Biographical Database of NAWSA Suffragists, 1890-1920
Biography of Clara Permilia Little Campbell, 1846-1931
By Jim Payne
Undergraduate student, Idaho State University
Clara Permilia Little was born on February 12, 1846 in Somers, Connecticut to William Gager Little and Permilia Woodward. She received her education in the public school system and taught music in the same school. She married William Orando Campbell on May 8, 1867 in Vernon, Connecticut. He was a Civil War veteran and had lost his first wife and three children during the war. Clara and William had two sons of their own, William Little Campbell and Howard Earl Campbell, and a daughter, Daisy Campbell. Sometime between 1872 and 1876 they moved to Eugene, Oregon where a third son, Walter Madison Campbell was born July 2, 1876.
In 1878 William accepted the position of superintendent for the Indian school on the Nez Perce Reservation in northern Idaho and Clara became the matron. After spending five years on the reservation they moved to Blaine and then to Moscow, Idaho, where Clara helped found the local chapter of Woman's Christion Temperance Union (WCTU) and the Women's Relief Corps Auxiliary (WRC). The latter was an organization that assisted disabled veterans of the Civil War and war widows. In 1893 they finally settled in Boise, where Clara joined the Congregational Church, the women's suffrage movement, and served as state secretary of the WRC. Clara was nominated for the position of secretary of the Ada County Republican convention in 1898, but declined the nomination, preferring to run for the county treasurer position (she lost the election). She did secure her party's nomination to represent Boise in the Idaho House of Representatives. She won that election by 64 votes and survived a legal challenge by her male opponent. Clara, along with Democrat Harriet F. Noble and Populist Mary Allen Wright, served only one term, each losing to their male challengers in the next election. Clara Campbell helped sponsor the bill that created the University of Idaho while in the legislature. It would be ten years before another woman was elected to either house in Idaho.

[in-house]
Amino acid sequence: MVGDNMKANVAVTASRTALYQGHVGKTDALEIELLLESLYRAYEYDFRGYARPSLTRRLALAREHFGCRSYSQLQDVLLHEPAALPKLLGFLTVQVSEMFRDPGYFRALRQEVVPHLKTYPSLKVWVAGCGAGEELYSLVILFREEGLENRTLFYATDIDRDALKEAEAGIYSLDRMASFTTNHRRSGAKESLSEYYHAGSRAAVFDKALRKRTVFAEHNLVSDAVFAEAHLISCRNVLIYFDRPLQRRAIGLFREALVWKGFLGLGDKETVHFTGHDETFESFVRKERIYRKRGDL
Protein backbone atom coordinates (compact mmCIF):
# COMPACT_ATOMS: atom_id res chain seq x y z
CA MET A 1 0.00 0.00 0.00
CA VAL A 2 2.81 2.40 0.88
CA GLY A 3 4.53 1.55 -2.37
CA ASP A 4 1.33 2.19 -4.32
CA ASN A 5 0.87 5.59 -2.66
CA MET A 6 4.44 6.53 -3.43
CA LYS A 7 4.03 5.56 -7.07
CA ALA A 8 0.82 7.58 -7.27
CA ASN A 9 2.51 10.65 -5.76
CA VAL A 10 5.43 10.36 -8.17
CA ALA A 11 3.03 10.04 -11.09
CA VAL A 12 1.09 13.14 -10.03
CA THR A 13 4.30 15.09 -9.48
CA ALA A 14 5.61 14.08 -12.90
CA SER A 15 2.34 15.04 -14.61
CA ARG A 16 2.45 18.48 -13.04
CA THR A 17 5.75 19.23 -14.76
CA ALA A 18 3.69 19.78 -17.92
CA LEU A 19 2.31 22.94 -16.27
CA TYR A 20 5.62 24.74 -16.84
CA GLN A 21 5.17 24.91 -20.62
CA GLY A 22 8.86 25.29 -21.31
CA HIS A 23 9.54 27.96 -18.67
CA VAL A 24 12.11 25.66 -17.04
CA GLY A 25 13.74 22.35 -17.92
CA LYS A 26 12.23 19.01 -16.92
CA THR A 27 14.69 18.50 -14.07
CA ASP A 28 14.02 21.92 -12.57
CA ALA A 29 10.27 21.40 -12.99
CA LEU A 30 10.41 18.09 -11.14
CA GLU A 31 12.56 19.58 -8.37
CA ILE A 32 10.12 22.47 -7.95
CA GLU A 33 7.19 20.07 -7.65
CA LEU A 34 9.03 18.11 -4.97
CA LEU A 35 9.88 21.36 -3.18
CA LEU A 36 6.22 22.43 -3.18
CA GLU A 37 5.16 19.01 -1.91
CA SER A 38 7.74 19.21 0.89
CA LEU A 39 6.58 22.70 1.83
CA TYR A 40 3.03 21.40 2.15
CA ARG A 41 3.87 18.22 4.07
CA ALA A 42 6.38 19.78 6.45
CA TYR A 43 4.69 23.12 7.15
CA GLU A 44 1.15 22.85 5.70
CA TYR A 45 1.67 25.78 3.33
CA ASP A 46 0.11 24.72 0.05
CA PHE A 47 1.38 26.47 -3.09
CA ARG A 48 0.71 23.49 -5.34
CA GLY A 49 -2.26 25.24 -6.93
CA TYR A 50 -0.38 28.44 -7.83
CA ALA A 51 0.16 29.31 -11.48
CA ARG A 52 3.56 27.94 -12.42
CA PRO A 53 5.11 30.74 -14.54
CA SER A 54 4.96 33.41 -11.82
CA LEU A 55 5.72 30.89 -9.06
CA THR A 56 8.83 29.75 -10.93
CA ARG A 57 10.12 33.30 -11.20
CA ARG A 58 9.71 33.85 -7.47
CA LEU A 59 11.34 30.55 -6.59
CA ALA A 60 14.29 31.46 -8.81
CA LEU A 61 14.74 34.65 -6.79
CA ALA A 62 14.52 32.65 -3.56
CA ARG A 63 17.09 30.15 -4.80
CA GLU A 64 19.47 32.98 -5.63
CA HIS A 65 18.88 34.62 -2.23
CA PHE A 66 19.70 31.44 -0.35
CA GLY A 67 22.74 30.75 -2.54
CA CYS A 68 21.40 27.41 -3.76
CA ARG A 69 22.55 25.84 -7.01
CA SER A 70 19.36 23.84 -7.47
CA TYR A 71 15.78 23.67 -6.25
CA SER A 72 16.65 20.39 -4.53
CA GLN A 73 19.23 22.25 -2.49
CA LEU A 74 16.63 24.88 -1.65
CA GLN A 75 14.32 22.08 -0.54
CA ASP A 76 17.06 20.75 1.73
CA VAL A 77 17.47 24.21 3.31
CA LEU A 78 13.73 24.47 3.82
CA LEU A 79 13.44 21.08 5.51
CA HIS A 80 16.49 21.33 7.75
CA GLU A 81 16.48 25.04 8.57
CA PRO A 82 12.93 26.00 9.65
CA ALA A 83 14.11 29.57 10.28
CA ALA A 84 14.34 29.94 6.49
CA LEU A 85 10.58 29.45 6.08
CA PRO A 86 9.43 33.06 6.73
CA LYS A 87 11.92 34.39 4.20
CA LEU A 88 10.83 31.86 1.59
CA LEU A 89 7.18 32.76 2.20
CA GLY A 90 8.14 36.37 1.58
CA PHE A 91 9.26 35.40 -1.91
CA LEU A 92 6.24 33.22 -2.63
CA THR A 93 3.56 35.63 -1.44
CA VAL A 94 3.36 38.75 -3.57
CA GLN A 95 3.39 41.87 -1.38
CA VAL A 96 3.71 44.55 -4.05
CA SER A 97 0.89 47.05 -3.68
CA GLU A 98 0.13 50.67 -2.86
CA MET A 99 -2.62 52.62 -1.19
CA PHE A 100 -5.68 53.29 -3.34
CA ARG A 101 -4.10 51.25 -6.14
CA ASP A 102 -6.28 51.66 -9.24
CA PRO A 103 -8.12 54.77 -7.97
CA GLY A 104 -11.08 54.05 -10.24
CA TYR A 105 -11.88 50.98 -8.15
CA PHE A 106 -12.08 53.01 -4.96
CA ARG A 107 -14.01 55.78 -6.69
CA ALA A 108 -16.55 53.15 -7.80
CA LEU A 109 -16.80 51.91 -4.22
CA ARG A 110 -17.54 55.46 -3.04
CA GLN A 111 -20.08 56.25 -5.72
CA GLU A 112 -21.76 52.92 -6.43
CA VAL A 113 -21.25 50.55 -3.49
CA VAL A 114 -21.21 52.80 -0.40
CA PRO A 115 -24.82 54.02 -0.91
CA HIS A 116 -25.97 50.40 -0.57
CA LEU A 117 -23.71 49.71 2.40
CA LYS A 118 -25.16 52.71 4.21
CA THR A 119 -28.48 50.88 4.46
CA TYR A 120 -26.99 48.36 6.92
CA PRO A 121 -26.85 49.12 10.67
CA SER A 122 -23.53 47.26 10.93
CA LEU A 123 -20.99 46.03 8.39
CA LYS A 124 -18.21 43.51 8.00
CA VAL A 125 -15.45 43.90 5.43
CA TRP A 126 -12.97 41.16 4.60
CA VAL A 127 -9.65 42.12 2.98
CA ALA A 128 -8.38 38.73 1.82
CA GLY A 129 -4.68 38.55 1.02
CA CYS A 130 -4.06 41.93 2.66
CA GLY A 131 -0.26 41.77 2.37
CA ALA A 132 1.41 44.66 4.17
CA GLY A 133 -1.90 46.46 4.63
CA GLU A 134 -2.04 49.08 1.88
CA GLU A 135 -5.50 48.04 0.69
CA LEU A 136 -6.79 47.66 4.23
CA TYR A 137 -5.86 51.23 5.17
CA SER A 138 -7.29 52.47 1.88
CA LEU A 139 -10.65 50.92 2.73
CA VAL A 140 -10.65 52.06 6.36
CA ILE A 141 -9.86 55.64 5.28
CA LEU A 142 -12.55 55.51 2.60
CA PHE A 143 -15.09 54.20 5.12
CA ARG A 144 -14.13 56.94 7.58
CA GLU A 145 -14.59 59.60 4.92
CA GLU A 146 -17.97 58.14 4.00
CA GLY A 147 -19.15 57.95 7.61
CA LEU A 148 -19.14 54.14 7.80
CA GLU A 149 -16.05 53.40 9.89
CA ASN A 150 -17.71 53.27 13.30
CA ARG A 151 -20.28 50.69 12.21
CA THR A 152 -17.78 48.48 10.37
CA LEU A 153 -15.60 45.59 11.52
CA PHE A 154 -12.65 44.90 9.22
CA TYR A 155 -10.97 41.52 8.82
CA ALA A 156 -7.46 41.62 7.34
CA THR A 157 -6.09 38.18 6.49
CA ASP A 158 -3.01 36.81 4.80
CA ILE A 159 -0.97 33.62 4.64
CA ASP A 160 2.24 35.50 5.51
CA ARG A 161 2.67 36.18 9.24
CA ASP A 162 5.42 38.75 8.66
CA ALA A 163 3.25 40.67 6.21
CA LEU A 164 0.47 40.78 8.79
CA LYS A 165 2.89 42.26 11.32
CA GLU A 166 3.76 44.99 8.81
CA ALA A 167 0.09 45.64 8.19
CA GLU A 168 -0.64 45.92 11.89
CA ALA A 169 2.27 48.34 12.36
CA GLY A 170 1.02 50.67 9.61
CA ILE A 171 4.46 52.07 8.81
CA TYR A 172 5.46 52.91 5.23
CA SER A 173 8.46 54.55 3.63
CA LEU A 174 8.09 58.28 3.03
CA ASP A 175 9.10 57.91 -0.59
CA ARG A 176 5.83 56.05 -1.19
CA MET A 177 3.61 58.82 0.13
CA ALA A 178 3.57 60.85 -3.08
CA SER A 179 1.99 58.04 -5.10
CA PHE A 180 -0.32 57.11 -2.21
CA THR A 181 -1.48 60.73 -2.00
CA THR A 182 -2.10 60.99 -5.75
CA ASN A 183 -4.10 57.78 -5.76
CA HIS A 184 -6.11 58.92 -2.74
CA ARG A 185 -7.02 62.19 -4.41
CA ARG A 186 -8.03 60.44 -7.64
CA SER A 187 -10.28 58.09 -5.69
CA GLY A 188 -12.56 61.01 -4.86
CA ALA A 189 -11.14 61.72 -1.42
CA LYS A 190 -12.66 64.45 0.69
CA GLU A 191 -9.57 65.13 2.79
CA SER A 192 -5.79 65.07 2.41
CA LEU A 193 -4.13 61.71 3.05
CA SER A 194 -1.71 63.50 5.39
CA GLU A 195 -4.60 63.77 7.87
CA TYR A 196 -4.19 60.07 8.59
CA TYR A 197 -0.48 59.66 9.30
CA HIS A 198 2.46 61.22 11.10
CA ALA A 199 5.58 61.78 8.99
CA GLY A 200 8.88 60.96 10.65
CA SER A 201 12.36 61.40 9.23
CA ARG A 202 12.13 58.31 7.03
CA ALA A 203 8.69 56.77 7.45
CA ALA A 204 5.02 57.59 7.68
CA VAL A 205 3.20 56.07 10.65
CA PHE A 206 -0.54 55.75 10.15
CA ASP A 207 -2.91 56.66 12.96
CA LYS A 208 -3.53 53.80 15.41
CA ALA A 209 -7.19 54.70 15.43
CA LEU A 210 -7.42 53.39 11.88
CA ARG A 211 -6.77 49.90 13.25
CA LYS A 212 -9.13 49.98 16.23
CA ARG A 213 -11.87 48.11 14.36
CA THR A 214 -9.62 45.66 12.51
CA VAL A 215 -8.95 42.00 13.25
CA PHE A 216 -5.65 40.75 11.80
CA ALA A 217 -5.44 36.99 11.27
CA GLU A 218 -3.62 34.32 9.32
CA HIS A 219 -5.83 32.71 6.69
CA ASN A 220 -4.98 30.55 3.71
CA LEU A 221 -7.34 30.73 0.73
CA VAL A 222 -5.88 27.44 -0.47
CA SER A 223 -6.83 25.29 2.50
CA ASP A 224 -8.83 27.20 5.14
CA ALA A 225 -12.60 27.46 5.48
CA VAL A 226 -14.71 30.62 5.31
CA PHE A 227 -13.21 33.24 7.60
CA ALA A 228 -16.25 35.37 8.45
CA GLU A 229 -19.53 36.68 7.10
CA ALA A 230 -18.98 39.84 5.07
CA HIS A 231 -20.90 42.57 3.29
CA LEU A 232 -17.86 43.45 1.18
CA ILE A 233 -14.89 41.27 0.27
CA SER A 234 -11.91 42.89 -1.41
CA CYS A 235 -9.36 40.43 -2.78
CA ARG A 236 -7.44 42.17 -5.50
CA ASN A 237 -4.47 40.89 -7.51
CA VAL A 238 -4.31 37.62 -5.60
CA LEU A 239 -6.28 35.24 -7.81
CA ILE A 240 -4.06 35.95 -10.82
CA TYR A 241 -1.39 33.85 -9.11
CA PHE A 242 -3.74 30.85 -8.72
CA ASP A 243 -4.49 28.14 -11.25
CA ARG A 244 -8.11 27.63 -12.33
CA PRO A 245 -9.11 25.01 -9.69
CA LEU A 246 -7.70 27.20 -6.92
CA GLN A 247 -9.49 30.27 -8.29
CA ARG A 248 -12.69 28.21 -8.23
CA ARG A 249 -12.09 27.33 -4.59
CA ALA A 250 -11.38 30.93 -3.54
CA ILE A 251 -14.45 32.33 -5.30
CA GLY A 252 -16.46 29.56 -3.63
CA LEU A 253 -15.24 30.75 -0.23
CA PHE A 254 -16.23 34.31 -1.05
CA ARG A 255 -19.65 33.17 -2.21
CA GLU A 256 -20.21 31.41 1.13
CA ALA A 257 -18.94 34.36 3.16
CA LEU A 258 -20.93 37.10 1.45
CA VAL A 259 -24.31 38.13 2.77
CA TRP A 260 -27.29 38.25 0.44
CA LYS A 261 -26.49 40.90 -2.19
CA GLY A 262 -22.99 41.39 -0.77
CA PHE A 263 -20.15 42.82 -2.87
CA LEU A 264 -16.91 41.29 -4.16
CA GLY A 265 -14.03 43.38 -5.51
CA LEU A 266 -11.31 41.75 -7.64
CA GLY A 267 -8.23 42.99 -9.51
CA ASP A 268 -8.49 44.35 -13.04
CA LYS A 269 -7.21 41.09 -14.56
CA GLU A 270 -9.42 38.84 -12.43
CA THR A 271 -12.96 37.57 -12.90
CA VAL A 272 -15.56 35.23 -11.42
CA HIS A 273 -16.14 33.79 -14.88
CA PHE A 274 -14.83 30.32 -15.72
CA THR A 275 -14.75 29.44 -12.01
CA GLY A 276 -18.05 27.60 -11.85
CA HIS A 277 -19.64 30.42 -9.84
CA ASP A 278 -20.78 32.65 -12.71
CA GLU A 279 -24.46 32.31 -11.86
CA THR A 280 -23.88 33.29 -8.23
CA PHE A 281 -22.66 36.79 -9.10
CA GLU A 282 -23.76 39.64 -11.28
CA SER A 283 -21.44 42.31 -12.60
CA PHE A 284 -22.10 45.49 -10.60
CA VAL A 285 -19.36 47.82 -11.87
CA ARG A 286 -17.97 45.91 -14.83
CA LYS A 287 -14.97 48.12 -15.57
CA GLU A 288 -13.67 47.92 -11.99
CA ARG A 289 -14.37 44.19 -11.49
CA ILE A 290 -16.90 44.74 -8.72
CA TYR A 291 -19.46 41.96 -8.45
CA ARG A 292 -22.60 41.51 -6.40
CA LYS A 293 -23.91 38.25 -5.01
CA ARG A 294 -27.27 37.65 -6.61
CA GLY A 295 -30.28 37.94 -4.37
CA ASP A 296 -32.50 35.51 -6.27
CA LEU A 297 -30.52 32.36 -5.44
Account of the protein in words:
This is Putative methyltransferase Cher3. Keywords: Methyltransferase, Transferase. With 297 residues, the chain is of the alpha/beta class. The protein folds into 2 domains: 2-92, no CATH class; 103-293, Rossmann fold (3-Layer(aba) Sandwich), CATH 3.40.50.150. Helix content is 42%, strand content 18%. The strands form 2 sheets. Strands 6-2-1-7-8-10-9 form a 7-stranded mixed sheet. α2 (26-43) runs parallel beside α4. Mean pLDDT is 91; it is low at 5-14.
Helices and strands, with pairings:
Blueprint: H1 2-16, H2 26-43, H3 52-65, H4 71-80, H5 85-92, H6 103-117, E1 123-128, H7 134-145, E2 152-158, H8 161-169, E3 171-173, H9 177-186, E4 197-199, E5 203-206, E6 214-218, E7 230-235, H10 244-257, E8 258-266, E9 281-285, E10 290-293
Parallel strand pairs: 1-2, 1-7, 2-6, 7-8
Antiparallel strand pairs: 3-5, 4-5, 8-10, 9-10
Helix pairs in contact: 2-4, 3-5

Upon completion of her term in the state legislature Clara served as state president of the WRC in 1901-1902 and later served as chaplain of the national WTCU. She and William moved back to Moscow for a few years, relocating back to Boise permanently where her husband died July 24, 1916. Clara was honored for her public affairs work by the WRC and women's clubs of Idaho with the planting of a maple tree on the capitol grounds in 1929. Clara died on December 16, 1931 and is buried in Boise, Idaho.
Clara has been recognized for her role in being one of the first females to serve in the Idaho legislature and for her work in the women's suffrage movement in the state of Idaho.
1880 U.S. Census, population schedule, William and Clara Campbell. HeritageQuest Online. http://www.ancestryheritagequest.com/HQA/Search
"Clara L. Campbell." Idaho State Historical Society Reference Series, Number 1051, August 1994. https://history.idaho.gov/sites/default/files/uploads/reference-series/1051.pdf
Harper, Ida Husted, ed. The History of Woman Suffrage, Vol 6: 1900-1920. New York: National American Woman Suffrage Association, 1922.
National Women's History Museum. "Women Wielding Power: Pioneer Female State Legislators in Idaho." https://www.nwhm.org/online-exhibits/legislators/Idaho.html.